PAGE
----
Claims this is "reasonable network management,” not a violation of open internet policies.
Google Fiber has brought the joy of free-market competition in the form of 1 gigabit/second broadband. But now that Google is an Internet service provider, its commitment to open Internet access is quietly waning. Google will regulate how you transmit data on its bandwidth -- namely, you can't use it to run servers.Read More
After much fanfare and holding of breath, Google has finally started to connect the general public of Kansas City to Google Fiber. That means that homes can finally get in on those sweet pricing plans, which includes a tier of free Internet with a one-time construction fee. The first area to receive installations appears to be Hanover Heights, but all the neighborhoods receiving Google Fiber can rejoice as their time will come shortly. Kansas City's never been such a tempting locale.Read More
Google Fiber -- Google's incredible Internet service -- is set to make some pretty impressive waves in Kansas City, MO and Kansas City, KS when it finally rolls out. We know this, Google knows this, the citizens of Kansas City know this, and now it's apparent that Time Warner and AT&T know this too. See, Google got a series of sweet deals out of Kansas City to build up the infrastructure required to host gigabit Internet connections and the other carriers in the area want a slice of that pie, because of course they do.Read More
Today is Rex Manning day! Okay, maybe not, but it is July 26th and it looks like Google Fiber is going to make some kind of big announcement. You may remember Google Fiber from such films as, well, no films -- but they are bringing incredibly fast Internet connections to at least one city: Kansas City. After much fanfare, it seems that perhaps today is the day that they're going to announce that the city's connection is ready to go.Read More
Google has announced that Kansas City, Kansas will be the location for Google's experimental fiber network, which aims to provide one gigabit of information to every home. Those are some very lucky Kansans. When it announced the plan last year, Google said it hoped to spur development of next generation technologies that could take advantage of a super-fast internet connection. For context, a gigabit is 2,000 times faster than dial-up and 100 times faster than most broadband connections. Since the initiative was announced, communities across the country have tried to woo Google with stunts of all kinds. In choosing a recipient city, Google says:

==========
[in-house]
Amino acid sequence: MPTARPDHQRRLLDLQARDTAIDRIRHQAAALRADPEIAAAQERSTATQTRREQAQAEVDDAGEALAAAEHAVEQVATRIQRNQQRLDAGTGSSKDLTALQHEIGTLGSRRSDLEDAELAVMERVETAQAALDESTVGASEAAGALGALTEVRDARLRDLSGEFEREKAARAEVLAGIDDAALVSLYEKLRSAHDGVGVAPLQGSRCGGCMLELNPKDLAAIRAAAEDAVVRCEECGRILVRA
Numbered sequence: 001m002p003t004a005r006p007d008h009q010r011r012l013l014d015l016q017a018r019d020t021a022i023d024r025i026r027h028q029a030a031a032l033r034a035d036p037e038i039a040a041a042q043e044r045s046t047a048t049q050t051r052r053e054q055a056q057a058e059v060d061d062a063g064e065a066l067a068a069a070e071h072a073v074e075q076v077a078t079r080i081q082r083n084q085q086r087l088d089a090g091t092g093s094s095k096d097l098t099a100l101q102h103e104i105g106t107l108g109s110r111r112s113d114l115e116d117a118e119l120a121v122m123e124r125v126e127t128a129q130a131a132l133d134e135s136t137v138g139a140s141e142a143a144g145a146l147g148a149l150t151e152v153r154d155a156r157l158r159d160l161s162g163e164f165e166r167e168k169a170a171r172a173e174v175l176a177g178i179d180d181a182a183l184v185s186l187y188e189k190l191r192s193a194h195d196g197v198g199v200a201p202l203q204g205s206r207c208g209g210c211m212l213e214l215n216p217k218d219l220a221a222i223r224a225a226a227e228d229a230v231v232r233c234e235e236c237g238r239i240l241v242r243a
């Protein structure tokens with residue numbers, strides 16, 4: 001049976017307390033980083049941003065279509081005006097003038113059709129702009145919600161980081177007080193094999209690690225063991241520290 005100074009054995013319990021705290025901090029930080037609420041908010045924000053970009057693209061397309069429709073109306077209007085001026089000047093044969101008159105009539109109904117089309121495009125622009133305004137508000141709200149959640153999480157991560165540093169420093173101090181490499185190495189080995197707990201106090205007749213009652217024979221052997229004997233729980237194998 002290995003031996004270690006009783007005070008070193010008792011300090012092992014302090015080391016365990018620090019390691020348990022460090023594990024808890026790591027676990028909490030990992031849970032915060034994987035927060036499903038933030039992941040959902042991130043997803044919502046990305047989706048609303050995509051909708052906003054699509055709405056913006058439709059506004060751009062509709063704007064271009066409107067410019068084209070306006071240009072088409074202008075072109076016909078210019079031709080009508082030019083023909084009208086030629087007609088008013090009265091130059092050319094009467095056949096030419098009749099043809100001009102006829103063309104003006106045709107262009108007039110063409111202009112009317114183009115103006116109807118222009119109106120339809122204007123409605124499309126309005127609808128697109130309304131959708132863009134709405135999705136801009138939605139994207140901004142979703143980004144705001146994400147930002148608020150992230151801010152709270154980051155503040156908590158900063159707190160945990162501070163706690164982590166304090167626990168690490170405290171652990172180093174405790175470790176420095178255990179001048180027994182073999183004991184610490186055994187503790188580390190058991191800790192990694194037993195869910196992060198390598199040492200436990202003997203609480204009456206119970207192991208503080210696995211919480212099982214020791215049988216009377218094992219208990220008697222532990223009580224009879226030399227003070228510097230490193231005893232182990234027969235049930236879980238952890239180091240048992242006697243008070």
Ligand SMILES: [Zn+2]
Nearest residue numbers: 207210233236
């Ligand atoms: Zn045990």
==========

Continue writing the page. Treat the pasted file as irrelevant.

our goal was to find a location where we could build efficiently, make an impact on the community and develop relationships with local government and community organizations. We’ve found this in Kansas City. We’ll be working closely with local organizations including the Kauffman Foundation, KCNext and the University of Kansas Medical Center to help develop the gigabit applications of the future.There is as of yet no word on pricing, but it will apparently be in-line with what Kansans are already paying for Internet. Google intends to begin construction before the end of the year, and hopes to have the network up and running by the first quarter of 2012. Google hasn't been given carte blanche, however; their plans are still contingent upon approval by the city council. Our congratulations to the denizens of Kansas City, though we turn green with envy saying it. Keep reading below for a video of Google's official announcement. Read More